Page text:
How to Identify your Transferable Job Skills
Skills and experience are two major factors that can help decide whether or not you’re a successful job applicant. So if you’re planning on changing career, you’ll need to be able to articulate and demonstrate your particular skill set. But before you start applying for jobs, you should make sure that you have all the right skills to actually undertake your career change.
This is where your Transferable Skills come into play. You should be able to recognise the pertinent skills that you have acquired throughout your life, and apply them to your new job or new career. They’ll feature on your CV and application forms and be discussed in Your Interviews. This article takes a look at how you can identify your transferable skills to aid your career change prospects.
Understanding the TermThe phrase transferable skill is pretty self-explanatory – it basically refers to a skill that you have acquired from your personal or working life that can be appropriated for a new job or career.
Transferable skills encompass technical skills (for instance skills pertaining to IT software applications, computer programming or web development), personal skills (communication ability, working with others and individually), as well as data skills (research, organisation with data and bookkeeping, statistics and ability to analyse).
Obviously, there are general transferable skills that can be applied to a multitude of new careers. These can include organisational and project management skills, administration skills, ability to supervise and manage, as well as good IT skills. This is often where your ability to articulate examples of your skills in practice, as well as how they would prove beneficial to your new job role, is important and can help to further your chances of landing a new job.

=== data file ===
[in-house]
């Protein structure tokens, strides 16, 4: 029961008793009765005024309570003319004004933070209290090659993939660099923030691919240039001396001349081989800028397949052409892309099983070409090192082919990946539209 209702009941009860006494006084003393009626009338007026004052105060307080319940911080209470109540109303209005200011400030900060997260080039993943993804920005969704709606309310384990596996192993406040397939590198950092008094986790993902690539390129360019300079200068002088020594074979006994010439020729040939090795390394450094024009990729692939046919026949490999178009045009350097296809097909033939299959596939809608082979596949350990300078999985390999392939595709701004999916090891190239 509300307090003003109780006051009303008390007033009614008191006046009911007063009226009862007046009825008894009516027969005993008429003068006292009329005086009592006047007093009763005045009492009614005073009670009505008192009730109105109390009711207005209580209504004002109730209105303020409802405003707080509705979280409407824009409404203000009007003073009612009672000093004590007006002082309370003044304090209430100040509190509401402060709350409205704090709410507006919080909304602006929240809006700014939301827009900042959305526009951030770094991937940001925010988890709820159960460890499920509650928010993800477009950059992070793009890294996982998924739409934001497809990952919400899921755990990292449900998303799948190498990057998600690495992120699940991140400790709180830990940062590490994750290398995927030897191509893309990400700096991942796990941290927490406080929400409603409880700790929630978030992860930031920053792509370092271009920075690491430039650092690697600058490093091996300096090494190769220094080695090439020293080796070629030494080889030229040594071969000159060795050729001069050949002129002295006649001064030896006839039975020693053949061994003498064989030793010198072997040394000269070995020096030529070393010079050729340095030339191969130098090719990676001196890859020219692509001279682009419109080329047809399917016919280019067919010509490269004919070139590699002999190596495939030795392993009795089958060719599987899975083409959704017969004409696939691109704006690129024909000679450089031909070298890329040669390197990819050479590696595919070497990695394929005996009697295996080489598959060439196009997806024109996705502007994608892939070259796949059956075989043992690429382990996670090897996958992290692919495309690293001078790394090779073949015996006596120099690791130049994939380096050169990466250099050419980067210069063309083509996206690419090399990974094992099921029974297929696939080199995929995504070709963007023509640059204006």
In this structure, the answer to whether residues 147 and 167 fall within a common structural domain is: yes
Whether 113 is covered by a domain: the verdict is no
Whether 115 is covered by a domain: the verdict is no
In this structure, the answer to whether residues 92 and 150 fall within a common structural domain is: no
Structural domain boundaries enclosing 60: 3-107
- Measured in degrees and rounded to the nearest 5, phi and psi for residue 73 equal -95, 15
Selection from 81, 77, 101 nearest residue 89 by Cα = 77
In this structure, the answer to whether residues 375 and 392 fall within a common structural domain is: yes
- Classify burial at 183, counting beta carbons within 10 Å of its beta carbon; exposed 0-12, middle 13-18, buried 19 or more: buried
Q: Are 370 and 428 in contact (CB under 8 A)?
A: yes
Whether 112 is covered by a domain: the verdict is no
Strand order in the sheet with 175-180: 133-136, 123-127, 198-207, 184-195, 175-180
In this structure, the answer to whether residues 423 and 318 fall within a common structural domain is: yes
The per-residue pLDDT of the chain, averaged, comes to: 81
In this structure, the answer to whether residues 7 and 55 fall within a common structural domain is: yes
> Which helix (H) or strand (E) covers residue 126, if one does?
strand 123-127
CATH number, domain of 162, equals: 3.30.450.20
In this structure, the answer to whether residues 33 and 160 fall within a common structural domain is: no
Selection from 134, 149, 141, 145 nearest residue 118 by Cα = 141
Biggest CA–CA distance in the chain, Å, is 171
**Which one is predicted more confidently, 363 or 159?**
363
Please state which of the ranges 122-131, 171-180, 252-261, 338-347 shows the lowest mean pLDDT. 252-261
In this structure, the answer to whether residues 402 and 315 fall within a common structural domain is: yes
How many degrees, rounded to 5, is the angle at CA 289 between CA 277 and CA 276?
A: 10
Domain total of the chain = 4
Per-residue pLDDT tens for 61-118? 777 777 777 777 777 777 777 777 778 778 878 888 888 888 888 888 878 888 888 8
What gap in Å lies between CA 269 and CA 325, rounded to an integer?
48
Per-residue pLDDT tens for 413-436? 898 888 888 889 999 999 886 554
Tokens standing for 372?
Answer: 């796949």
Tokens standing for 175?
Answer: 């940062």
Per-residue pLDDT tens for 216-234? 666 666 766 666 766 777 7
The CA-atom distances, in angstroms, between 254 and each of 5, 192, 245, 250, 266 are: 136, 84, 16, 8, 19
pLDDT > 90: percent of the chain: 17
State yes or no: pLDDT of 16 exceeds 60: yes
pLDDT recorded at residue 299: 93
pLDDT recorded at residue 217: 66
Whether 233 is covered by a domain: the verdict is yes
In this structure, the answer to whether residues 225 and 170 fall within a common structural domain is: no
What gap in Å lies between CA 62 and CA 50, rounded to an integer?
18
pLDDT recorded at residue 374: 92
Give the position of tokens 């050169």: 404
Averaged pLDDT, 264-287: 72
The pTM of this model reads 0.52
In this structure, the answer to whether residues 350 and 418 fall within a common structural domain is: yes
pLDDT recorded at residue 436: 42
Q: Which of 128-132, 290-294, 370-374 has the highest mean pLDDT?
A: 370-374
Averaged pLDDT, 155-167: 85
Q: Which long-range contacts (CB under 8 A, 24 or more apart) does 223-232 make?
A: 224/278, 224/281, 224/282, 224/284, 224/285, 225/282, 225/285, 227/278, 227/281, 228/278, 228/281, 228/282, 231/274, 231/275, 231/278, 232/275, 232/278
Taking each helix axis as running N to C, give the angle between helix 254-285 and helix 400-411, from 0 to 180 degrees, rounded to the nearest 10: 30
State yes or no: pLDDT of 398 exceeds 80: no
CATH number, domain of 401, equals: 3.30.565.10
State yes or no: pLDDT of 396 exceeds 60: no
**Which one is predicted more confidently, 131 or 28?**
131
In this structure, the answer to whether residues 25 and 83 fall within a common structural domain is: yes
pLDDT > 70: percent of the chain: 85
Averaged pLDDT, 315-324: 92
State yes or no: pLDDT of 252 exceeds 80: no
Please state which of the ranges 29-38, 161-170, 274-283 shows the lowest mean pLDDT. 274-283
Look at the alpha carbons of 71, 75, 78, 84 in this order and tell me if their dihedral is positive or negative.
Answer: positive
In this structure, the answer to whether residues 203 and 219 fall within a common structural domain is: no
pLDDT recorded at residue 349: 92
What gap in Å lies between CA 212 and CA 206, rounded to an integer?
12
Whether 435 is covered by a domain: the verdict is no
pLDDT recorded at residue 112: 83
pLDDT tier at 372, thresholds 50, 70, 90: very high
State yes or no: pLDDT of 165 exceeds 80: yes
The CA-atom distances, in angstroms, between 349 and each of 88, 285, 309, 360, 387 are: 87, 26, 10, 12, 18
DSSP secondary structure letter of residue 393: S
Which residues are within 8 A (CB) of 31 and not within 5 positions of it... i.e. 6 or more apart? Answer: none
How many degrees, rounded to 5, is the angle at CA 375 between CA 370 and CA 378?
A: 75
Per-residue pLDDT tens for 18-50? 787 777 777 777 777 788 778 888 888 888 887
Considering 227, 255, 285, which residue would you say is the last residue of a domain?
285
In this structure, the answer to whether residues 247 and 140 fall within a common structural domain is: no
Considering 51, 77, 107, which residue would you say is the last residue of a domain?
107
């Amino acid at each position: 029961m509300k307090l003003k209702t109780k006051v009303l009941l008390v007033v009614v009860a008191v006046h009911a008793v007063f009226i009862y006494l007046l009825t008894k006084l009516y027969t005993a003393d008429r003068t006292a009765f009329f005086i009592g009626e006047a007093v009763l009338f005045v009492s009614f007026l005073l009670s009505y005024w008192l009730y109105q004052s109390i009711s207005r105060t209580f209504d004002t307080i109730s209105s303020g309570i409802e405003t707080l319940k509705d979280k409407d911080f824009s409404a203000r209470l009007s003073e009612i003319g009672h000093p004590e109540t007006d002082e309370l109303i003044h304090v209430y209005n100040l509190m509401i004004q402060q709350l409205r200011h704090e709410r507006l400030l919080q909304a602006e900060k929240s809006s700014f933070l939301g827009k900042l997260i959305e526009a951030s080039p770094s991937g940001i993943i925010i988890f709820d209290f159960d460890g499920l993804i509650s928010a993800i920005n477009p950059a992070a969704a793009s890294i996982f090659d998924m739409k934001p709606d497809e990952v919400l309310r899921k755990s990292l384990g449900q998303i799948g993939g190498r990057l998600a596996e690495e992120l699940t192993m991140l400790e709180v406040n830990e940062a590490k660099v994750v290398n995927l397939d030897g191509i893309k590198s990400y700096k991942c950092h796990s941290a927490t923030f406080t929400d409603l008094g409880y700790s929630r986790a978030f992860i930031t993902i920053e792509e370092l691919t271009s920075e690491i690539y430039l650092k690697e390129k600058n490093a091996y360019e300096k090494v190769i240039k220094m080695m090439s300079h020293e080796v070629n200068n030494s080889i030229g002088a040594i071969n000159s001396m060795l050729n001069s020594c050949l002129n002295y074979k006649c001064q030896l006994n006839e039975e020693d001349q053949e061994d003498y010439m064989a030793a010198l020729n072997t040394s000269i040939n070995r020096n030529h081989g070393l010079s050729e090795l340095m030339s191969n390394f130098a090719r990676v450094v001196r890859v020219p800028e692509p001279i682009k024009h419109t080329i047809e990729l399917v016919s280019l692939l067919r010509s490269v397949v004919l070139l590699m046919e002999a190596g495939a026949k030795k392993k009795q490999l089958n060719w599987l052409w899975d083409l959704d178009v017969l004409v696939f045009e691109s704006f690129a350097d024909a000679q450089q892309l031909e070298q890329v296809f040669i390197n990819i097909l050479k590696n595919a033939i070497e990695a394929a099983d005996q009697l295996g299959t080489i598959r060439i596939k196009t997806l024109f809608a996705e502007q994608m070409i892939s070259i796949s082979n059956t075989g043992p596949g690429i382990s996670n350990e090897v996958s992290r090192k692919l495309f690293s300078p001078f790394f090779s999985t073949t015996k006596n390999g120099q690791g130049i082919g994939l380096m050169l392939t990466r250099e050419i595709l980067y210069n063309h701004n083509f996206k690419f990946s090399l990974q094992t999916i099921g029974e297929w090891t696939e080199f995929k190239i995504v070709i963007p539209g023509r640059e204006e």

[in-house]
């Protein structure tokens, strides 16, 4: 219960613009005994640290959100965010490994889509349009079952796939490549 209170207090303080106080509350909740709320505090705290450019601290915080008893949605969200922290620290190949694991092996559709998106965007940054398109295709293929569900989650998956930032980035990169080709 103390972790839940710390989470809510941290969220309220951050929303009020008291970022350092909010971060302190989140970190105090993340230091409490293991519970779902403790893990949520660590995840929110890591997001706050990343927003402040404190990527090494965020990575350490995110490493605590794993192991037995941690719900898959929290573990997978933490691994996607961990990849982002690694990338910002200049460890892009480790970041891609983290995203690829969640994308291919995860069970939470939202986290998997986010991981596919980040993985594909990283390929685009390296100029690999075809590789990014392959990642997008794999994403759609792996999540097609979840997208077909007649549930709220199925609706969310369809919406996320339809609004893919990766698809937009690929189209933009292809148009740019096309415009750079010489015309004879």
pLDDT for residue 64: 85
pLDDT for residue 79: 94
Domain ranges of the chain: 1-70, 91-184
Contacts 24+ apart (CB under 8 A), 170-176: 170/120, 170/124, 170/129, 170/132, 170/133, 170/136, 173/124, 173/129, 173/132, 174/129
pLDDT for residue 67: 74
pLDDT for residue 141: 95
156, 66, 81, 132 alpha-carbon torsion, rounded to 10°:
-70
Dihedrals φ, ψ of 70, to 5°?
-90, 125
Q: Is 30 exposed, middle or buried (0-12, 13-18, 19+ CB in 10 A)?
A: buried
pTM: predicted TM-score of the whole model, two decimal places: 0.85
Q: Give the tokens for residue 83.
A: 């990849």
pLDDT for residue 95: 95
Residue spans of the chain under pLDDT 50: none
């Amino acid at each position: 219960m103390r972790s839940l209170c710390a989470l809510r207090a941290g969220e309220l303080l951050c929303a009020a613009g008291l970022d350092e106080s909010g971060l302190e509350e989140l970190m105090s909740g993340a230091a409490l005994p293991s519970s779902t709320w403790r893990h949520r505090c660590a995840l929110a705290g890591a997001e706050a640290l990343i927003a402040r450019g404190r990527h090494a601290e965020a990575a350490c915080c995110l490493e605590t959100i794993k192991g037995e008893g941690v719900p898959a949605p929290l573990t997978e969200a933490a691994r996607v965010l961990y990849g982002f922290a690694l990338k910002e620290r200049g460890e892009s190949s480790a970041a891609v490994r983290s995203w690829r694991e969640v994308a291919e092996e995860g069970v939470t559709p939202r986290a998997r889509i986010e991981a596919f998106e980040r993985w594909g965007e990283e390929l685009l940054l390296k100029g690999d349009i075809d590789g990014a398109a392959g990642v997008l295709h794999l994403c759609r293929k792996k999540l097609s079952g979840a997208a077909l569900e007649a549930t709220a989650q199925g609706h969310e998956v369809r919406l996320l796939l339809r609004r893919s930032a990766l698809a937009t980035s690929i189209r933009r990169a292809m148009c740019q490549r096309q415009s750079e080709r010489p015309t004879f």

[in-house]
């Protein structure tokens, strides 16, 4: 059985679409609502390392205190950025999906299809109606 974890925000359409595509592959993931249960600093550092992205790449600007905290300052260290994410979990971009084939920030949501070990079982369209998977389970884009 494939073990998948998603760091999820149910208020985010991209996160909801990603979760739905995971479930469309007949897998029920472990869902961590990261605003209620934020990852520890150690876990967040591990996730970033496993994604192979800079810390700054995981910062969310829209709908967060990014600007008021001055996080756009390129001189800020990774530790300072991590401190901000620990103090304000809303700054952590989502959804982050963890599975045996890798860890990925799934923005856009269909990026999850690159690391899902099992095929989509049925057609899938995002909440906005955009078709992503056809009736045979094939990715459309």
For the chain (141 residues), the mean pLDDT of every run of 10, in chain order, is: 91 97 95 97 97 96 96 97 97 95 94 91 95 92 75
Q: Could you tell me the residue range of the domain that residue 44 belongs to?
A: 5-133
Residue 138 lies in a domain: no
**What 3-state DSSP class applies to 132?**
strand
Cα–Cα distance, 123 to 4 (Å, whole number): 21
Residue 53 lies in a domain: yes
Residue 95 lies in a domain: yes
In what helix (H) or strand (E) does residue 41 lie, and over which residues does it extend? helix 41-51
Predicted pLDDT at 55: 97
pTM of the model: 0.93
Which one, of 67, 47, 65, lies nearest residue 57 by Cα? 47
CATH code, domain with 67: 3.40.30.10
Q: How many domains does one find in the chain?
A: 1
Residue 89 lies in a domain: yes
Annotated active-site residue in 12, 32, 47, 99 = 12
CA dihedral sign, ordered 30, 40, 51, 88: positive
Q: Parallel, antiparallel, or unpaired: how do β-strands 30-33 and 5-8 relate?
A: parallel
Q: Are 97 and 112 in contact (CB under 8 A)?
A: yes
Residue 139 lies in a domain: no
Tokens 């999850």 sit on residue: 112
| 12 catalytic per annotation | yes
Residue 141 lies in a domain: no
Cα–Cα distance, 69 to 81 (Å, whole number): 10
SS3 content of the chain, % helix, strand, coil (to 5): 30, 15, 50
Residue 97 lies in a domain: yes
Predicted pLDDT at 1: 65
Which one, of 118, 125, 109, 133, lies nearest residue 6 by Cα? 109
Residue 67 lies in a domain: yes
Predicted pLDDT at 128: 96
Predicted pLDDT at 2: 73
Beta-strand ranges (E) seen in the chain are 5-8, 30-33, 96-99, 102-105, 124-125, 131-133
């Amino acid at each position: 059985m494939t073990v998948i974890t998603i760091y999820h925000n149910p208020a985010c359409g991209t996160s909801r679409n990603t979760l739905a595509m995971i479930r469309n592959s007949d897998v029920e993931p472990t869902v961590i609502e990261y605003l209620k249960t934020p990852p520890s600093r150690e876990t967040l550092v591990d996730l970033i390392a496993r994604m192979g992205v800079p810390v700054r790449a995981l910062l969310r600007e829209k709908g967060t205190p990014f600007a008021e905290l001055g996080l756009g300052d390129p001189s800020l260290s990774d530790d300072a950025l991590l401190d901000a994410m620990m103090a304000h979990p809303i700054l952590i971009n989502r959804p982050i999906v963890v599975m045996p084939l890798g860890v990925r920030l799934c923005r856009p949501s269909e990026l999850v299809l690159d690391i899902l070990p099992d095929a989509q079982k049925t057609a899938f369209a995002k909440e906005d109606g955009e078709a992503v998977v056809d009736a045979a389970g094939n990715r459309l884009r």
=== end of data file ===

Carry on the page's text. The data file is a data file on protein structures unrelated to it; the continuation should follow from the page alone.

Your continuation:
Identifying Your Transferable SkillsTo get you started, it helps if you have an idea of the type of job you’re looking for in your new career change. Once you have an idea, take a look at your old job specifications, tasks and responsibilities and compare it to career profiles and job specifications of your new career. Are there any attributes that you can match up and transfer from one job role to another?
Don’t be afraid to take skills from your personal life (for instance, multi-tasking by running a home and working part-time) in addition to your working life, as they can all be relevant. Also take stock of your daily activities at work and try to allot them under the technical, data or personal transferable skills heading.
It’s very important that you can demonstrate that you understand your potential new employer’s needs, and that you are easily able to identify how you can fill them. Don’t forget to back up your skills with evidence of how you implemented these transferable skills in your old job, and how they would be pertinent to your new job. Experience counts for an awful lot!
Finally, you should always make sure that you keep your CV updated to ensure that you are always documenting any new skills you’ve acquired. Make sure that your transferable skills have prominence on your CV, and give brief but clear (don’t waffle!) examples of where you used them in your employment. This will hopefully help to create an attention-grabbing CV and job application, helping your chances of succeeding in your career change.